Retirees Association

Van Gogh: The Immersive Experience, by Joyce Howes

Van gogh exhibit

Excerpt from the winter 2022 issue of The Extension

About a month ago, my daughter, Darcy, and I went to the Lighthouse ArtSpace in Columbus to view the Van Gogh Immersive Experience. ”Immersive” is no exaggeration!

A huge room is transformed into a continuously moving gallery of Van Gogh’s best known works (think sunflowers, starry night, self-portraits of the artist). It’s the visual version of surround sound! Paintings familiar to most people move continuously around the walls, but also project onto the ceiling and floor. The images are displayed as a 45-minute continuous loop of the artist’s paintings. The wildly colorful scenes morph as they slowly move around the room, enlarging, shrinking, and merging.

Darcy tended to follow an image around the room, while I was inclined to pick a wall space and watch the flow of color across a stationary point. Either way, the images flow continuously, filling your eyes with more than your mind can quickly process.

The colorful, flowing images are accompanied by music that is sometimes low and soothing, sometimes rousing and loud. At some venues an online narrative is provided prior to your visit. This was available for the Columbus event but we didn’t notice the link beforehand. Pay more attention than I did and perhaps you’ll get an advance lesson about the man and his art.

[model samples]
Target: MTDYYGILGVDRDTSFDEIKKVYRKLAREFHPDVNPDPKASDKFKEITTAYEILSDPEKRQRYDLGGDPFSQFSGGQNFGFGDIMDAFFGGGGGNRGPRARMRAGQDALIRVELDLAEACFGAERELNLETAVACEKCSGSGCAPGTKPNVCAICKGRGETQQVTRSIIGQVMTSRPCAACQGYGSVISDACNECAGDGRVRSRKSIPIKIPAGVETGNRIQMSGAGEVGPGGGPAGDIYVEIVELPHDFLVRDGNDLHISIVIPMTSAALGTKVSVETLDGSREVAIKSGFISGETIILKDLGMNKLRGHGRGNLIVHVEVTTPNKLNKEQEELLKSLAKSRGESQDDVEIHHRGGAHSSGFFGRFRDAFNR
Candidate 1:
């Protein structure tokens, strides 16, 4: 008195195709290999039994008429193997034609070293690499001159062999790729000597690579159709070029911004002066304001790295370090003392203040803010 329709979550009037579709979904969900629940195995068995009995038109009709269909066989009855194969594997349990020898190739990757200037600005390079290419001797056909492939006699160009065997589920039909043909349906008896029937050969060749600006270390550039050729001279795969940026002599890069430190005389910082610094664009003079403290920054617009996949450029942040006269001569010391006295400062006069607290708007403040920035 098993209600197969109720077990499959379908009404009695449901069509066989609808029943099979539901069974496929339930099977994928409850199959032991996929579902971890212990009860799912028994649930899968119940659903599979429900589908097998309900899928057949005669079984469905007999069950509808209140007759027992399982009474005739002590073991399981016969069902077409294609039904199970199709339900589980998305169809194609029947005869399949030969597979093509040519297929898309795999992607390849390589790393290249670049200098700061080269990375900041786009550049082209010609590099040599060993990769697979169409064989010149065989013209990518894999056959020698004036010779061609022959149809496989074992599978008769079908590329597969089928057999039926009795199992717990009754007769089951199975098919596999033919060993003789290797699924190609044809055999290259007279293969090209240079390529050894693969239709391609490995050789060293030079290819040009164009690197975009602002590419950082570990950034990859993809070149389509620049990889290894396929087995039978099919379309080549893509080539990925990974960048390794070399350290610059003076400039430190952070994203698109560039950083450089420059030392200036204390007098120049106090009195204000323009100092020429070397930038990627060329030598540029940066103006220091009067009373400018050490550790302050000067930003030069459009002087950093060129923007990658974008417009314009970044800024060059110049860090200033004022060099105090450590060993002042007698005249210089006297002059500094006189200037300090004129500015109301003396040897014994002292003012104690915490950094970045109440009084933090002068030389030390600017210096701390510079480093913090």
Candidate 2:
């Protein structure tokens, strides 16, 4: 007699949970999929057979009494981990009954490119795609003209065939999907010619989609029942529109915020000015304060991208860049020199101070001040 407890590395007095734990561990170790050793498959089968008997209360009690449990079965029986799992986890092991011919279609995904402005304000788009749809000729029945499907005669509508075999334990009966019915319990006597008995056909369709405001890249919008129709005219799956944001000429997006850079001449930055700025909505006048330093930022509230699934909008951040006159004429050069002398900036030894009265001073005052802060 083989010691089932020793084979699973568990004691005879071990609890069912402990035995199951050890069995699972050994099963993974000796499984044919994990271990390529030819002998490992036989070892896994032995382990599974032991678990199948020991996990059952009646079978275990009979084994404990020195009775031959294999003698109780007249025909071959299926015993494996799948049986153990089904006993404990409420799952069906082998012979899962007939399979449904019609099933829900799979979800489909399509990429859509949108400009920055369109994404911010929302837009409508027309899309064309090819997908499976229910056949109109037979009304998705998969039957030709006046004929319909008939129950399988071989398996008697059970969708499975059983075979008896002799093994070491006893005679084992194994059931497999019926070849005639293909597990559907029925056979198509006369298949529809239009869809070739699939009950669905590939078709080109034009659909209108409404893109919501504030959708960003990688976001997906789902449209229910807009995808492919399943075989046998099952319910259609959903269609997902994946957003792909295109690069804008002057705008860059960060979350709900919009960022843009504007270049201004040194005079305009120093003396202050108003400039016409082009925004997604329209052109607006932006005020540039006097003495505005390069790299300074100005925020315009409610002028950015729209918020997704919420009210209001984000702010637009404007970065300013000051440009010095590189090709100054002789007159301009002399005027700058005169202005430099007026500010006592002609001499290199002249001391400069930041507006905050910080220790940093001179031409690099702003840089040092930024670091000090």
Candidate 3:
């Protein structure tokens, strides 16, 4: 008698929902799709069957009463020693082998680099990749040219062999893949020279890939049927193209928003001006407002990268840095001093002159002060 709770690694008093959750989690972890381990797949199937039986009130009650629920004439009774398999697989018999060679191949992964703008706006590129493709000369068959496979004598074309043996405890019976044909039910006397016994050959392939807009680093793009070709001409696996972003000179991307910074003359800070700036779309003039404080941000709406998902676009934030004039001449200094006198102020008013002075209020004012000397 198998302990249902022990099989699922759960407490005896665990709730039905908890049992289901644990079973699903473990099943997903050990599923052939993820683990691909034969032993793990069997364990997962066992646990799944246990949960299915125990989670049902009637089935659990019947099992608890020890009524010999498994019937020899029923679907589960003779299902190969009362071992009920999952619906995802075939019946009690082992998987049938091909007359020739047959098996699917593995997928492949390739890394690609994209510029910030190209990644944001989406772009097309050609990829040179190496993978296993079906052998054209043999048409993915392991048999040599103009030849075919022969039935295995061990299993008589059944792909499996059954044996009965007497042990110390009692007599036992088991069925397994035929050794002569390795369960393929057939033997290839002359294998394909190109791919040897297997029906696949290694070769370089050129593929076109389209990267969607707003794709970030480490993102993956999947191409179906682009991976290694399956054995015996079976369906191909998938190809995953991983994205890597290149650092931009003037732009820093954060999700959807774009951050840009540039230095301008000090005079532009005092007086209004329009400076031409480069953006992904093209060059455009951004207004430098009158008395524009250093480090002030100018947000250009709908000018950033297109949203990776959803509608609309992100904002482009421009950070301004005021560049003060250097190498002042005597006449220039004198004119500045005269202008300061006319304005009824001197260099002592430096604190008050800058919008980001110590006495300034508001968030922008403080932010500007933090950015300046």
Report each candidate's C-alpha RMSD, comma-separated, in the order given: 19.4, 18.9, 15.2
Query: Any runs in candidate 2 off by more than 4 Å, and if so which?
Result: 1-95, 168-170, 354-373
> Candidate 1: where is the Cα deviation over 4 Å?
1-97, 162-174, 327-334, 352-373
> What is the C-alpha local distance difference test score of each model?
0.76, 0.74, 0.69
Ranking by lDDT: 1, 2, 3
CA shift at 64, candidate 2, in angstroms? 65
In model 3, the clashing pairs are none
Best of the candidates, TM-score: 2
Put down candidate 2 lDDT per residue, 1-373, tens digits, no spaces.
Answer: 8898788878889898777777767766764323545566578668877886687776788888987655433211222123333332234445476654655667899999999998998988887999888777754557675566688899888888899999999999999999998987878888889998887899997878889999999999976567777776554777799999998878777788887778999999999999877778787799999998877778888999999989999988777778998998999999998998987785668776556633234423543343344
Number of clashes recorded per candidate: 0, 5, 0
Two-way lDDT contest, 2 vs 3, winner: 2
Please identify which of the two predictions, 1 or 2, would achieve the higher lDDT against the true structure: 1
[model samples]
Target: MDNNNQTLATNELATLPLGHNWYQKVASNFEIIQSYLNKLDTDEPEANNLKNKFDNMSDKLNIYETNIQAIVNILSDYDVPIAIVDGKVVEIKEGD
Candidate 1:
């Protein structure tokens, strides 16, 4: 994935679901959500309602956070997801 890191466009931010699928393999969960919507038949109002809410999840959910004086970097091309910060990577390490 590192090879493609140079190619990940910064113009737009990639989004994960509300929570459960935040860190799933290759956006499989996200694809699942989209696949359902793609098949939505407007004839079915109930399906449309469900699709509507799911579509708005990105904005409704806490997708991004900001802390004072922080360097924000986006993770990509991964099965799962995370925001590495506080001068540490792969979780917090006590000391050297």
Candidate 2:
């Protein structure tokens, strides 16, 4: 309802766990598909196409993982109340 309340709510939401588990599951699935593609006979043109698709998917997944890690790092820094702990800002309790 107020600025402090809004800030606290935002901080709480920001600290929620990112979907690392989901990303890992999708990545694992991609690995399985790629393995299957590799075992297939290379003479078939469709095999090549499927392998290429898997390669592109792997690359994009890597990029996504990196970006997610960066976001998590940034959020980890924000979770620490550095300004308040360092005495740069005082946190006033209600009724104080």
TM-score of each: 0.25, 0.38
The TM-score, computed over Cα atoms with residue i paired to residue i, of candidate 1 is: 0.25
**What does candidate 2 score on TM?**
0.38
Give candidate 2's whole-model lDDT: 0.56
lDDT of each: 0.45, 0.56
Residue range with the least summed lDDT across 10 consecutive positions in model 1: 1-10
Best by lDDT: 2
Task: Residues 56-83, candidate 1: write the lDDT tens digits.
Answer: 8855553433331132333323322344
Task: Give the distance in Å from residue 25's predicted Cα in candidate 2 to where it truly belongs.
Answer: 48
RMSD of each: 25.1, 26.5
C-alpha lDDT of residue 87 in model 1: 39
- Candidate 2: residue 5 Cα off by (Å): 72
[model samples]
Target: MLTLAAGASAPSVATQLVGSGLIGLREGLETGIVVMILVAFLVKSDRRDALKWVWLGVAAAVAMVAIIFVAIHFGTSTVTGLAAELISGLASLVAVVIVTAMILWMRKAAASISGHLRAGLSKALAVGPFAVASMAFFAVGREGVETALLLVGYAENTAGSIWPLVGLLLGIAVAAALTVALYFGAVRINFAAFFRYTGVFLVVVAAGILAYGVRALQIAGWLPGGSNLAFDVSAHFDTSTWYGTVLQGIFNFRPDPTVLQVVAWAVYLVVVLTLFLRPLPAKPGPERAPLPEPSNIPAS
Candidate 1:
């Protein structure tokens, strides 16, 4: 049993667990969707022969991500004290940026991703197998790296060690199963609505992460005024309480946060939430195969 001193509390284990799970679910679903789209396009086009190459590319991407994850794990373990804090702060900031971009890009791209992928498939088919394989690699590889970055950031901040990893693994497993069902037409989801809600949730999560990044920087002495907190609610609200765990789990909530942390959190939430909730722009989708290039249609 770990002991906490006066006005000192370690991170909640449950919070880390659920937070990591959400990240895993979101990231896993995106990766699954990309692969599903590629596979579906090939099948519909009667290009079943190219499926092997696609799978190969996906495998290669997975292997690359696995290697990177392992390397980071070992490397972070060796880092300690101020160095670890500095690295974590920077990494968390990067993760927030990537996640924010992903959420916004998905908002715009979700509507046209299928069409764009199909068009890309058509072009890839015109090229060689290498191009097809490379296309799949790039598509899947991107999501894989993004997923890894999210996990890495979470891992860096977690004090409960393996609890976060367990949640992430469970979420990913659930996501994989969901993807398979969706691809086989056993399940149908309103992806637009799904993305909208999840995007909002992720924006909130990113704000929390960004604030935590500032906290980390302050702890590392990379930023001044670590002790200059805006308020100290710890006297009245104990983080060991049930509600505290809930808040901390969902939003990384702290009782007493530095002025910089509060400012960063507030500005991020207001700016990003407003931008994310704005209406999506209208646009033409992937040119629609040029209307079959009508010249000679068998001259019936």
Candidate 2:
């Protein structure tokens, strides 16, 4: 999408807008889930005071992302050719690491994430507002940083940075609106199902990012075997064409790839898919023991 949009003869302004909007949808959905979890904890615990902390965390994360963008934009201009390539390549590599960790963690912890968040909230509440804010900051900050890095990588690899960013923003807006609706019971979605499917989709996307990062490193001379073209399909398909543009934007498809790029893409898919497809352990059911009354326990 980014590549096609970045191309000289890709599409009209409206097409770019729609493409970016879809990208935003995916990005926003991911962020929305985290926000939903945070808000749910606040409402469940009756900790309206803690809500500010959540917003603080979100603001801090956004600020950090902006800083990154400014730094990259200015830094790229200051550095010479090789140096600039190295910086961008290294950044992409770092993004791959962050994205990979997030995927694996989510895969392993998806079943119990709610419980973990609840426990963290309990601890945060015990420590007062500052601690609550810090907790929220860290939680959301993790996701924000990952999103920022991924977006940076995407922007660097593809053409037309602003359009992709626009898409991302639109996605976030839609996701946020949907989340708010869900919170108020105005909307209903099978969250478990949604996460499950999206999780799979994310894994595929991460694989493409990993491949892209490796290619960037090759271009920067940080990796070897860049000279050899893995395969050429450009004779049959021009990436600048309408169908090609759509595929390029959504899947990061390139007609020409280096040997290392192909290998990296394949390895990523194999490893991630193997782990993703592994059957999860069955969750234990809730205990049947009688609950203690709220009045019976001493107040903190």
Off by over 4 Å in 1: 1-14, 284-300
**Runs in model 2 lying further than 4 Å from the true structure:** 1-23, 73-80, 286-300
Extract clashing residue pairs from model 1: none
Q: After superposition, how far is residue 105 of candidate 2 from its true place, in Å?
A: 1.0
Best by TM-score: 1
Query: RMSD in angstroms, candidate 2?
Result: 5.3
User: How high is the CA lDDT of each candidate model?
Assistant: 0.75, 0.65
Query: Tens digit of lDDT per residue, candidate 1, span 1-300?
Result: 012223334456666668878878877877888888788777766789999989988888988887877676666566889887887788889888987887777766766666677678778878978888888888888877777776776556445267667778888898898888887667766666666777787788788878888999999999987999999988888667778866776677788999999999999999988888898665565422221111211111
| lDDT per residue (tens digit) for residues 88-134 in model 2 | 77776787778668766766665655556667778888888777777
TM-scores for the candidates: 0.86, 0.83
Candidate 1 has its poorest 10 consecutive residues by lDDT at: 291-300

The number of visitors in the exhibit is strictly monitored and social distancing is provided with seating on chairs, benches, and in floor circles. Masks are required.

If you are interested in this amazing multimedia journey featuring the works of one of the great artists of the post-Impressionist period, you can see this exhibit in Columbus until February 26 and a similar one starting June 22 in Cincinnati. ( I hope you’ll consider making the trip.

If you would like to learn more about Vincent Van Gogh’s life and art, watch the WSURA event calendar and your e-mail for news of the workshop later this year led by our artist-in-residence and Van Gogh scholar, Gary Barlow.